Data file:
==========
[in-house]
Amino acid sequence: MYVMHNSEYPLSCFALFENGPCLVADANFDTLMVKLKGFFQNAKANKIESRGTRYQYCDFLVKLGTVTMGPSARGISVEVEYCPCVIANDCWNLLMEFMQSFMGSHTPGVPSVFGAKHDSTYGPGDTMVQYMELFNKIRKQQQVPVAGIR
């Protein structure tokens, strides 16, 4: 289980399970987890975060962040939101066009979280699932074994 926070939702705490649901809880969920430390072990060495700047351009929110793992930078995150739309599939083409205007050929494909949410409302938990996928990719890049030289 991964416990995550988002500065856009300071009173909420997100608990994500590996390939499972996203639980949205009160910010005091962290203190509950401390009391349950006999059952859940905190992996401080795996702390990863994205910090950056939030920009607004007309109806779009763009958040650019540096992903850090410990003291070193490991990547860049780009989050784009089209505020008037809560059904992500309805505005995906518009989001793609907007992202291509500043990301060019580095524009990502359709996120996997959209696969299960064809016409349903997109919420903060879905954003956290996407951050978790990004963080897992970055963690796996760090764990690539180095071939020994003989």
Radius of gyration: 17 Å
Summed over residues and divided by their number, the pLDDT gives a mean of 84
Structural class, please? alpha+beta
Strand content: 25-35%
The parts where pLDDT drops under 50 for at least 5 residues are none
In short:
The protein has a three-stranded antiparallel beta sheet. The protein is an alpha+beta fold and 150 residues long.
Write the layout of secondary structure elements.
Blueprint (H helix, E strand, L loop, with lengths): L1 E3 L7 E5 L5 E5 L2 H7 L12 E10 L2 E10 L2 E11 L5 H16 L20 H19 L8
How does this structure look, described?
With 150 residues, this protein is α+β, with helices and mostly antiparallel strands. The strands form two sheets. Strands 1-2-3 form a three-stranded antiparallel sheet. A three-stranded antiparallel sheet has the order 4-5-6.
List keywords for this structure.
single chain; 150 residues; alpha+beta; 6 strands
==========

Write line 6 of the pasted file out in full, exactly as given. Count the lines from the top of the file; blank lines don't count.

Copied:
Structural class, please? alpha+beta